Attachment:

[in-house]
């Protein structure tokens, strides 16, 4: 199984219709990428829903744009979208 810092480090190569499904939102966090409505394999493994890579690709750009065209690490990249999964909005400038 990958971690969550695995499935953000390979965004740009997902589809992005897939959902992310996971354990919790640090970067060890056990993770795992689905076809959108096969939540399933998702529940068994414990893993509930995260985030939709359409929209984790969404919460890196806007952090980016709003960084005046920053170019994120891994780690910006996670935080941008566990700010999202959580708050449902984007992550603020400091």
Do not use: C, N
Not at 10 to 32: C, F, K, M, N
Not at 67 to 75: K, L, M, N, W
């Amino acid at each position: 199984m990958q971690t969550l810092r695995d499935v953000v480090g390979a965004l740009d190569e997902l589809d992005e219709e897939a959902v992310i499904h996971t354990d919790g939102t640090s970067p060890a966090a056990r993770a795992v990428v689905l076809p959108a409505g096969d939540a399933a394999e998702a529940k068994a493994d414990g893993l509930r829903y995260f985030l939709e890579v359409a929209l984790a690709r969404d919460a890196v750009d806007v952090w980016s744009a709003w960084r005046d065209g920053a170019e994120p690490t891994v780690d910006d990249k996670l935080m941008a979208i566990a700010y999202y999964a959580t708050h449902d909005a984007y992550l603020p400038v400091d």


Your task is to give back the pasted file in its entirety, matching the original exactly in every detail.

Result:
[in-house]
């Protein structure tokens, strides 16, 4: 199984219709990428829903744009979208 810092480090190569499904939102966090409505394999493994890579690709750009065209690490990249999964909005400038 990958971690969550695995499935953000390979965004740009997902589809992005897939959902992310996971354990919790640090970067060890056990993770795992689905076809959108096969939540399933998702529940068994414990893993509930995260985030939709359409929209984790969404919460890196806007952090980016709003960084005046920053170019994120891994780690910006996670935080941008566990700010999202959580708050449902984007992550603020400091």
Do not use: C, N
Not at 10 to 32: C, F, K, M, N
Not at 67 to 75: K, L, M, N, W
């Amino acid at each position: 199984m990958q971690t969550l810092r695995d499935v953000v480090g390979a965004l740009d190569e997902l589809d992005e219709e897939a959902v992310i499904h996971t354990d919790g939102t640090s970067p060890a966090a056990r993770a795992v990428v689905l076809p959108a409505g096969d939540a399933a394999e998702a529940k068994a493994d414990g893993l509930r829903y995260f985030l939709e890579v359409a929209l984790a690709r969404d919460a890196v750009d806007v952090w980016s744009a709003w960084r005046d065209g920053a170019e994120p690490t891994v780690d910006d990249k996670l935080m941008a979208i566990a700010y999202y999964a959580t708050h449902d909005a984007y992550l603020p400038v400091d």